Economy / Events / Fiscal policy

What Baseball’s Opening Day Tells Us About the Economy

This week, half of the Major League Baseball (MLB) franchises celebrated their Opening Days, marking the first day of baseball season.

Opening Day attendance can tell us a lot of things. For example, attendance at the Washington Nationals’ home opener was up 11% this year, due to high hopes for the team this season.

But can it also tell us about the economy? Last year, analysts from the technology firm ConvergEx claimed that baseball attendance serves as a good indicator of consumer confidence.

Baseball, they said, has a broad fan base, both geographically and socioeconomically. Also, as Nick Colas, a strategist at ConvergEx, told Bloomberg last year, tickets are “sufficiently expensive that the people who want to go to the ball game will actually take the time to think about how many games they want to go to, and as a result, attendance becomes rather cyclical.”

To illustrate this, they showed that baseball attendance slowly declined since 2007. However, in the last two years, attendance has picked up 0.7 percent in the 2010 season and 1.8 percent in the 2011 season, which CNBC suggested might be a sign that consumer confidence was growing.

So, how does this year look? Below is a table of opening day attendance, as compared to last year, for the 15 teams that have had home openers this week:

Team Size 2012 Attendance 2013 Attendance % Change
Arizona Diamondbacks Medium

49130

48033

-2%

Atlanta Braves Medium

50635

51456

2%

Chicago White Sox Medium

38676

39012

1%

Cincinnati Reds Medium

42956

43168

0%

Houston Astros Medium

43464

41307

-5%

LA Dodgers Large

56000

53138

-5%

Milwaukee Brewers Medium

46086

45781

-1%

Minnesota Twins Small

39414

38282

-3%

New York Mets Large

42080

41053

-2%

New York Yankees Large

49386

49514

0%

Oakland Athletics Small

44227

36067

-18%

Pittsburgh Pirates Small

39585

39078

-1%

Tampa Bay Rays Small

34078

34078

0%

Toronto Blue Jays Medium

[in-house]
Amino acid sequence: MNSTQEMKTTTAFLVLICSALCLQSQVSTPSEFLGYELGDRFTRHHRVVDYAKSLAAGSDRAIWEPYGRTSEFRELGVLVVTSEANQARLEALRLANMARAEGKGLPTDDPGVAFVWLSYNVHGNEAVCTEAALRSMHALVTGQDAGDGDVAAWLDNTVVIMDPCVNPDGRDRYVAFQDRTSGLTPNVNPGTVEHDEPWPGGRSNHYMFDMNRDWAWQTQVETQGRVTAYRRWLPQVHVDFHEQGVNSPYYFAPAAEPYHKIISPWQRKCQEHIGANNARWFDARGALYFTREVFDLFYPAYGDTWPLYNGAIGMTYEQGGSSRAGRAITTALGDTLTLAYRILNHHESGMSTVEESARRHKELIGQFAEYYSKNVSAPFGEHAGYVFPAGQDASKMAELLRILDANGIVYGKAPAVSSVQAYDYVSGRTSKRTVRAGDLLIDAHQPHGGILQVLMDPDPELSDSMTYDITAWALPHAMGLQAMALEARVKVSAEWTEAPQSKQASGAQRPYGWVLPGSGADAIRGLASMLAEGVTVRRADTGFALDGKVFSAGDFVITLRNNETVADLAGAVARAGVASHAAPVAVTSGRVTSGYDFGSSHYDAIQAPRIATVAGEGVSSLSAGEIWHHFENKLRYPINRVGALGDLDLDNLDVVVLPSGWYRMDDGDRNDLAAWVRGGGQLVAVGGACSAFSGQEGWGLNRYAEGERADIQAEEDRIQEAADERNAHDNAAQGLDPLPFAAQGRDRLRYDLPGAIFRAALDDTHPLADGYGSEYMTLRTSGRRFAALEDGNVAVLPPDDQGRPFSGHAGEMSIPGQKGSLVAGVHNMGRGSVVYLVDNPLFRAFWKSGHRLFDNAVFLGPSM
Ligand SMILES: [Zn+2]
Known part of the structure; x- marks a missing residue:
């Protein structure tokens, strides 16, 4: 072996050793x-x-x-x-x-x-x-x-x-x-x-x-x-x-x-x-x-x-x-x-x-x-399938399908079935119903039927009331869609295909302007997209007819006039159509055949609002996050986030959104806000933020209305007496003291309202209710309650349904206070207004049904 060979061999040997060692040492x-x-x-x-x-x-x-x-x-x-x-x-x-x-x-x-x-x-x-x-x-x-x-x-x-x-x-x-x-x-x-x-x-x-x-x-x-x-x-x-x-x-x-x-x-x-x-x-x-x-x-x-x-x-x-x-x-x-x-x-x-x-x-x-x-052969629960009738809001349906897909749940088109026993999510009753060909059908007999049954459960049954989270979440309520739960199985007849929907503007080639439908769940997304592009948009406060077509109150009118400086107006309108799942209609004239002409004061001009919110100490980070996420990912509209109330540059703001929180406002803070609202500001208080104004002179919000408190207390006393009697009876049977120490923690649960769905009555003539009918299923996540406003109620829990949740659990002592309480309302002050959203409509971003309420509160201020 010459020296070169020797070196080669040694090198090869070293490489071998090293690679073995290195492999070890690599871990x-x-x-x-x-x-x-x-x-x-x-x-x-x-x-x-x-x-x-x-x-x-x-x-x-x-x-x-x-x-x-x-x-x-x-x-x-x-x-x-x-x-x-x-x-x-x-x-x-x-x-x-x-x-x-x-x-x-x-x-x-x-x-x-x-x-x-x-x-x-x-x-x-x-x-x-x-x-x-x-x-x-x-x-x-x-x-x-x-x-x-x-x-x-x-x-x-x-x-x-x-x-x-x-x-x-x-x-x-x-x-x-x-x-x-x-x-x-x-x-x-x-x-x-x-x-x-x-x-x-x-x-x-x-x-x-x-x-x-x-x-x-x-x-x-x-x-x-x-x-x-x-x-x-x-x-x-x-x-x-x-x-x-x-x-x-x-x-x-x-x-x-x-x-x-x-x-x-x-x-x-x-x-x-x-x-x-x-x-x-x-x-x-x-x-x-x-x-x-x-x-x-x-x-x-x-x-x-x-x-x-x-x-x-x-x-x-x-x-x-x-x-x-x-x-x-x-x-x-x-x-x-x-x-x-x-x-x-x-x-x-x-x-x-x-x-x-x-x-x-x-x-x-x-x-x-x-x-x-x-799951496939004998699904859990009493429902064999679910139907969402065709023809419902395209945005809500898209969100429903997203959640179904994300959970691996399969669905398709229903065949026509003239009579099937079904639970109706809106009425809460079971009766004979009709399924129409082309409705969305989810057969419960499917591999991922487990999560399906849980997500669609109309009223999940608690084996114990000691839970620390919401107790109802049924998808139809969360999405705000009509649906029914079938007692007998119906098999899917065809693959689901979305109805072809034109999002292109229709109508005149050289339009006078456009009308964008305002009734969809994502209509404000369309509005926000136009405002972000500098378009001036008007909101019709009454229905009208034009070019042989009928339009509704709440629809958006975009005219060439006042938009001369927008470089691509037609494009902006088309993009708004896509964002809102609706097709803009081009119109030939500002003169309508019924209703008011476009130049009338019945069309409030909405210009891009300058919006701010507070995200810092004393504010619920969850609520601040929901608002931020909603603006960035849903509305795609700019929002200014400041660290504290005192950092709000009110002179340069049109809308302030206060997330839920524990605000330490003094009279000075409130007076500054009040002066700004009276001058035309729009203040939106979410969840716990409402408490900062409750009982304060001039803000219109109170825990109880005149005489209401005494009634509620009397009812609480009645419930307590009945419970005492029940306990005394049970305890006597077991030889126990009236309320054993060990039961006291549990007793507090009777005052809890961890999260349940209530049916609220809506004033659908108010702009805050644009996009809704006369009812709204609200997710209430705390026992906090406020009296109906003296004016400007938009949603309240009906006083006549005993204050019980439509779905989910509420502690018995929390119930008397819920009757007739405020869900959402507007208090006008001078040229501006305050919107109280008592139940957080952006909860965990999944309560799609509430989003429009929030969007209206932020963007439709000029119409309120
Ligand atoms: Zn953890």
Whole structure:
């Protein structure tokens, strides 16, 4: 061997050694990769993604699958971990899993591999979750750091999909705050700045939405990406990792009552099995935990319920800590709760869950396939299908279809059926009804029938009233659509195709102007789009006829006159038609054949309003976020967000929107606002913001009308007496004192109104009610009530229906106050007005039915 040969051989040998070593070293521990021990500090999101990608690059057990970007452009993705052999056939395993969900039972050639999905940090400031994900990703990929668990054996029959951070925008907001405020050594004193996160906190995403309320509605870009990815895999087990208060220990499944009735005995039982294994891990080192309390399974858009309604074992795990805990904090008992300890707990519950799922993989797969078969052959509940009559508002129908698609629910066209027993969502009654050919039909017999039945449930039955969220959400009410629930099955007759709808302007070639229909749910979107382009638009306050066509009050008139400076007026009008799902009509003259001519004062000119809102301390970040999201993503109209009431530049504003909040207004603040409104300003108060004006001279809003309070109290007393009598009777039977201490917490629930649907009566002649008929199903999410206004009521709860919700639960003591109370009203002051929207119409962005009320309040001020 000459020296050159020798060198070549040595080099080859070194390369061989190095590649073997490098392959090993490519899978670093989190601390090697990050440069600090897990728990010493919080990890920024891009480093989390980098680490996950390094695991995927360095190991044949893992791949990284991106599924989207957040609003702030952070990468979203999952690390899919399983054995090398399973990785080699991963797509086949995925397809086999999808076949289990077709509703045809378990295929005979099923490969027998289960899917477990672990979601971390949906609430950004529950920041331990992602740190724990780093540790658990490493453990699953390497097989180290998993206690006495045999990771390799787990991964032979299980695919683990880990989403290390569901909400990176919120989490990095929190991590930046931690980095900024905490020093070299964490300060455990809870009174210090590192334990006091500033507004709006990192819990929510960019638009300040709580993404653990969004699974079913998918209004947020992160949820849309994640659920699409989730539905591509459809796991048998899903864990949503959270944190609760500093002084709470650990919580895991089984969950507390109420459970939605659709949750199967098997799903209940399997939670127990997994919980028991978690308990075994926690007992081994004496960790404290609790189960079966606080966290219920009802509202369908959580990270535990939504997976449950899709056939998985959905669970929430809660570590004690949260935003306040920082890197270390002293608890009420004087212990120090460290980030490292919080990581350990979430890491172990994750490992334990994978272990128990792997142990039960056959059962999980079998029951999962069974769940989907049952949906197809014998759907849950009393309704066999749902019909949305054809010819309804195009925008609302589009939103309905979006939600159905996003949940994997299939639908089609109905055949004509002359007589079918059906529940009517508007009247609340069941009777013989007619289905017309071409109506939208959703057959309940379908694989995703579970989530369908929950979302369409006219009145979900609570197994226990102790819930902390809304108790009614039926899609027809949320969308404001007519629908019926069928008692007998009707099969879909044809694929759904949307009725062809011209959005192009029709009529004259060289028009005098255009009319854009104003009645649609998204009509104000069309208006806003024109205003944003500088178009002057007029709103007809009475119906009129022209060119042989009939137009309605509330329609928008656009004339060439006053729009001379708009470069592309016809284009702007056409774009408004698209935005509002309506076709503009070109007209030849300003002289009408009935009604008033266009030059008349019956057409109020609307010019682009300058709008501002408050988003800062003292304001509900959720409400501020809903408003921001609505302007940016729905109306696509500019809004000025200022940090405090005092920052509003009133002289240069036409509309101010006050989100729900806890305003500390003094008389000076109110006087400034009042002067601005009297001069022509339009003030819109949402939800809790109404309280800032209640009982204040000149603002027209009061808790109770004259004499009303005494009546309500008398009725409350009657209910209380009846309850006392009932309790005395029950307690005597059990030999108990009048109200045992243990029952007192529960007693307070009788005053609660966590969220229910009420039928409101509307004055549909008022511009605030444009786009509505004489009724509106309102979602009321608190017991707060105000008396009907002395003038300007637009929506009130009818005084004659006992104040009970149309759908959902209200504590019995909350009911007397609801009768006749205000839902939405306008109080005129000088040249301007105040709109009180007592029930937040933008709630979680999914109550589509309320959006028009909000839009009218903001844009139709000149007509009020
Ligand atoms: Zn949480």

48473

48857

1%

Washington Nationals Small

40907

45274

11%

AVERAGE      

-2%

(Source: www.sportsnetwork.com)

On average, attendance on opening day fell by 2 percent, compared to last year.  Notable exceptions include the Washington Nationals, whose attendance surged 11 percent to a record-high for Opening Day, and the Oakland A’s, who set an American League record on Monday for most consecutive Opening Day losses. These exceptions aside, what’s surprising is that this trend seems to hold across different market sizes. Medium-market teams, like the Houston Astros, and small-market teams, like the Pittsburgh Pirates, all failed to pick up more attendance this year.

This data does seem consistent with consumer confidence data: the Conference Board’s consumer confidence index was 59.7 this March, compared to 70.2 in March 2012.

Of course, this sort of estimation is a bit like the Big Mac Index: interesting to ponder, but certainly not bulletproof. A few reasons to be skeptical about the data include, but are not limited to, the following:

  1. Lack of non-economic factors: the growing popularity of the NFL and changing demographics may have also eroded MLB attendance over time.
  2. Incomplete data: Only 15 of the 30 MLB franchises have held their home openers this week; the rest are scheduled for tonight and next week. Also, using attendance for the entire season, rather than just for Opening Day, would be a more consistent measure.

Nevertheless, as we welcome in a new season, it’s an interesting point to think about as you take your seats in crowded—or not so crowded—baseball stadiums this summer.

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